The smartphone also packs dual-band Wi-Fi ac/b/g/n, which allows for faster data transfer rates. The Motorola One Power’s direct rival, the Zenfone Max Pro M1 (review) misses out on this feature. Motorola could have skipped this feature to save money, and it would have gone unnoticed, but the brand did not do so. Proving once again that it did not cut any corners. There is also Bluetooth 5.0, which makes sure that you can take advantage of the new wireless audio devices in the market.
The call quality on the Motorola One Power is excellent. The earpiece is loud and clear, and the microphone does a pretty good job of picking up vocals clearly. The signal reception is also great, making sure that there are no call drops. The device supports 4G and VoLTE on both the SIM cards. However, only one SIM card can run on 4G at a time – this is something that the mid-range smartphones are yet to adopt.
The device has a single bottom firing loudspeaker with decent audio quality and loudness, similar to many other devices in the price range. There is also a 3.5mm audio jack on the top. I hooked up my Sennheiser Momentum to it and cranked up the volume to the highest level, but I felt that the volume level was inadequate. Music lovers, you have been warned. I think this is something that a software update might be able to fix, but I’m not sure.
The Motorola One Power’s most touted feature is its massive, 5000mAh battery. We see only a couple of smartphones every year with such high-capacity batteries, and most such smartphones usually lack enough processing power, camera quality, and other such aspects. It is a great deal to see a smartphone with a big battery capacity that also covers other aspects well.
The smartphone supports 15W fast charging, which is not uncommon. What is uncommon however is that the device comes with a fast charger in the box. Motorola is advertising two days of battery backup with the Motorola One Power. After using the device for almost two weeks now, I can say that the brand’s claim stands true.
The Motorola One Power offers a terrific battery life. I usually got around 42 to 48 hours of backup with almost 9 to 10 hours of screen-on time. I haven’t seen any other smartphone that can last as long as the Motorola One Power on a single charge. With the supplied 15W charger, it took just 2 hours to charge a fully drained battery to its 100% capacity. Anyone looking for a smartphone with the best battery life, the Motorola One Power is the phone to get.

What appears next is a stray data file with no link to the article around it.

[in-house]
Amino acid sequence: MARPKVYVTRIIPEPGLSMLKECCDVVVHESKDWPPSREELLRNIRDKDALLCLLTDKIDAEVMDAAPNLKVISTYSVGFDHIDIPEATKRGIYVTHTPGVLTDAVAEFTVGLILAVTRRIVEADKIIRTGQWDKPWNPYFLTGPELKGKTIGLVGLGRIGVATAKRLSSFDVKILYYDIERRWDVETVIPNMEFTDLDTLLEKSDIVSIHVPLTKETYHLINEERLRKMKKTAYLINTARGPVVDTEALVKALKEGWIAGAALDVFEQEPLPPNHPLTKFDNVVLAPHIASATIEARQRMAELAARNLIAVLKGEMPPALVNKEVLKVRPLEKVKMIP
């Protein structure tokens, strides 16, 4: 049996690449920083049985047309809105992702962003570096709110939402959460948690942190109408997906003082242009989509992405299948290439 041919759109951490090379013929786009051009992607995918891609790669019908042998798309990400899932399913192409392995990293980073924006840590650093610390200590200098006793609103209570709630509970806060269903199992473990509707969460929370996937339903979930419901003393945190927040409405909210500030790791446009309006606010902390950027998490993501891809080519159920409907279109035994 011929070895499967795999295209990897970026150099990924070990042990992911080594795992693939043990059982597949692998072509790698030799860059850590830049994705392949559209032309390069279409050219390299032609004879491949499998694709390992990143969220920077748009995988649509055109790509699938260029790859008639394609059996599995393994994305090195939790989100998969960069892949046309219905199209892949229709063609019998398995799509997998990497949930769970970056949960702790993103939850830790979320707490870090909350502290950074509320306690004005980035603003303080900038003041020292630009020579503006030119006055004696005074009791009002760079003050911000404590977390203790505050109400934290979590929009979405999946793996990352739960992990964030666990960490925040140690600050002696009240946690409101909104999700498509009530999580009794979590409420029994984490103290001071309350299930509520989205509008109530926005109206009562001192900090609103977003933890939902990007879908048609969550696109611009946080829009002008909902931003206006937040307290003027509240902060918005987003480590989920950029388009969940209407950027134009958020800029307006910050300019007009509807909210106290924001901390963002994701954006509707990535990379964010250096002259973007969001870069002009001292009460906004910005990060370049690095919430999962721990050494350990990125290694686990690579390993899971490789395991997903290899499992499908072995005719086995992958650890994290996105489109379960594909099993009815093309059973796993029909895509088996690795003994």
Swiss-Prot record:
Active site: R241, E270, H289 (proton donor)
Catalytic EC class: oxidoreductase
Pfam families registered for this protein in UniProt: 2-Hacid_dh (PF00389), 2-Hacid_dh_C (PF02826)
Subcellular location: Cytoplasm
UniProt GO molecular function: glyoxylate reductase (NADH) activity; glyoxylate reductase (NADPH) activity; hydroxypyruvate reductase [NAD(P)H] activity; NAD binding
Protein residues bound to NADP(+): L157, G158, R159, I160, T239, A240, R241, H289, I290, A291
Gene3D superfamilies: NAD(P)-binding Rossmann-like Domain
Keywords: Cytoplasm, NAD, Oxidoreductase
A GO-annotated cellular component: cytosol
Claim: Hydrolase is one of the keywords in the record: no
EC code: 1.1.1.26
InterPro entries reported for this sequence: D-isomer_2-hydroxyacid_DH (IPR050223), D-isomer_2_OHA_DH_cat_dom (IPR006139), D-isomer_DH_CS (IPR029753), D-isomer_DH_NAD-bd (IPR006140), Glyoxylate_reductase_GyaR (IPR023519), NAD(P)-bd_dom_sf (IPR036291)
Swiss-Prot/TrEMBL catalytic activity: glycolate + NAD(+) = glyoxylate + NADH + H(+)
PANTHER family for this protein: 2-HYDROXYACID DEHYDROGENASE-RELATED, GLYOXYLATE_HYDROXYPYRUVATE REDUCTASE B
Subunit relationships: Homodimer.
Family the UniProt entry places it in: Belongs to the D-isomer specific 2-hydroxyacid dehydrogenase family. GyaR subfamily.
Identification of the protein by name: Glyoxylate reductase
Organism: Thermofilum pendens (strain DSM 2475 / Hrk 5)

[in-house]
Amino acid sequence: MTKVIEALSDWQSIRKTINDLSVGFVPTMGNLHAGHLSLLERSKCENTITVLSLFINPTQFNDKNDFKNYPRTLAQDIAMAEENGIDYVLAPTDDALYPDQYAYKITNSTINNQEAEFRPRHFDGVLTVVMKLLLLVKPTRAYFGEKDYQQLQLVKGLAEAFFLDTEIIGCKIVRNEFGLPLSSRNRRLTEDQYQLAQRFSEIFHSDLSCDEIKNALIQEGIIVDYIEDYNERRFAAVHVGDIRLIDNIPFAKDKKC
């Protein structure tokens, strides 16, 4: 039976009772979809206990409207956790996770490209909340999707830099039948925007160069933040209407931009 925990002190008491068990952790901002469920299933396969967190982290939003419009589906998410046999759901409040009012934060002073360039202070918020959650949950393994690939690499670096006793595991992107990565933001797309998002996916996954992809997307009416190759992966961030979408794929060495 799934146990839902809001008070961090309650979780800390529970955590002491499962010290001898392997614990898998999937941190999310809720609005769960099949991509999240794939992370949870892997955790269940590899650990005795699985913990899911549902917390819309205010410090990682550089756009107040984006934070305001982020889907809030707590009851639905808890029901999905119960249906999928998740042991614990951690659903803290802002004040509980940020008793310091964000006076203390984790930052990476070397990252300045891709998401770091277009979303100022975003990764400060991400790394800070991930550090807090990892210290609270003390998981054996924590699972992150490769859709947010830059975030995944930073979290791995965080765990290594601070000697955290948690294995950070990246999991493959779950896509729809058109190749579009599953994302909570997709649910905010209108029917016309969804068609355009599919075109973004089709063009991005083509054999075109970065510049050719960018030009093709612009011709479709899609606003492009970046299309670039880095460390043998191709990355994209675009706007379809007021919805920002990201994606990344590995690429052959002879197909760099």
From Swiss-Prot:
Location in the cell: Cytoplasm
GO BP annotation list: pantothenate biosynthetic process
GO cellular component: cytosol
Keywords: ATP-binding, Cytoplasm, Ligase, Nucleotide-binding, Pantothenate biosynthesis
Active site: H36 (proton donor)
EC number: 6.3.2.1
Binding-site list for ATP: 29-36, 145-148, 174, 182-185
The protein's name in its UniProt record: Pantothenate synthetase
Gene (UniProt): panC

Motorola One Power: Verdict
The only thing that concerns me about the Motorola One Power is its primary camera performance – it will not satisfy people with higher expectations. Sure, the display isn’t very bright, and the headphone volume output is low, but these are minor issues that one can live with.
The remaining aspects of the phone, however, are exceptionally well done. The phone has the fastest performance and the longest battery backup among its competitors. It also comes with a cleaner UI and it will receive faster OS updates. It has a solid build quality and great connectivity options. Then there is a brilliant selfie shooter.
I think all these qualities help the One Power in overcoming most of its weaknesses. If I were to choose a phone in the mid-range price category, I would go with the Motorola One Power.
Motorola One Power: Specifications & Features
- Build – Metal body, P2i splash-resistant coating, 156 x 76 x 8.4 mm, 205 grams
- Display – 6.2-inch LTPS IPS LCD, 2246 x 1080 pixels resolution, 18.7:9 aspect ratio, Gorilla Glass protection, Edge-to-edge screen design with a notch
- Primary camera – 16MP+5MP dual-camera; 16MP sensor has f/1.8 aperture and 1.12µm pixel size, 5MP sensor has f/2.2 aperture and 1.0µm pixel size; phase-detection autofocus, dual-tone dual-LED flash, up to 4K video recording at 30FPS
- Front-facing camera – 12MP, f/2.0 aperture, 1.25µm pixel size, LED flash, up to Full HD video recording at 30FPS
- Processor – Qualcomm Snapdragon 636 (8 x 1.8 GHz Kryo 260 CPU cores, and Adreno 509 GPU)
- RAM – 4GB
- Storage – 64GB internal with a microSD card slot supporting up to 256GB expansion
- OS – Android 9 Pie with Android One; to get Android 9 Pie soon
- Connectivity – Dual-SIM (nano-SIM), 4G LTE with VoLTE (only on one card at a time), dual-band Wi-Fi ac/b/g/n, dual-band Wi-Fi hotspot, Wi-Fi direct, Bluetooth v5.0, A-GPS, GPS (with GLONASS, BDS, and GALILEO), FM Radio, USB Type-C port (with OTG support), 3.5mm audio jack
- Sensors – Fingerprint, accelerometer, gyroscope, compass, proximity, ambient light
- Audio – Single bottom-firing loudspeaker, Dolby Audio, two microphones
- Battery – 5000mAh, 15W fast charging support
- Colors – Black
- Price – Rs. 14,999
Motorola One PowerRs. 14,999
Design and Build Quality8.5/10
Value for Money9.0/10
What Is Good?
- Solid build quality
- Colour accurate display
- Great selfie camera
- Fast and smooth performance
- Clean UI, Android 9 Pie
- Best battery backup
- Great value for money
What Is Bad?
- Display is not bright enough
- Primary camera is not good
- Low volume output from 3.5mm audio jack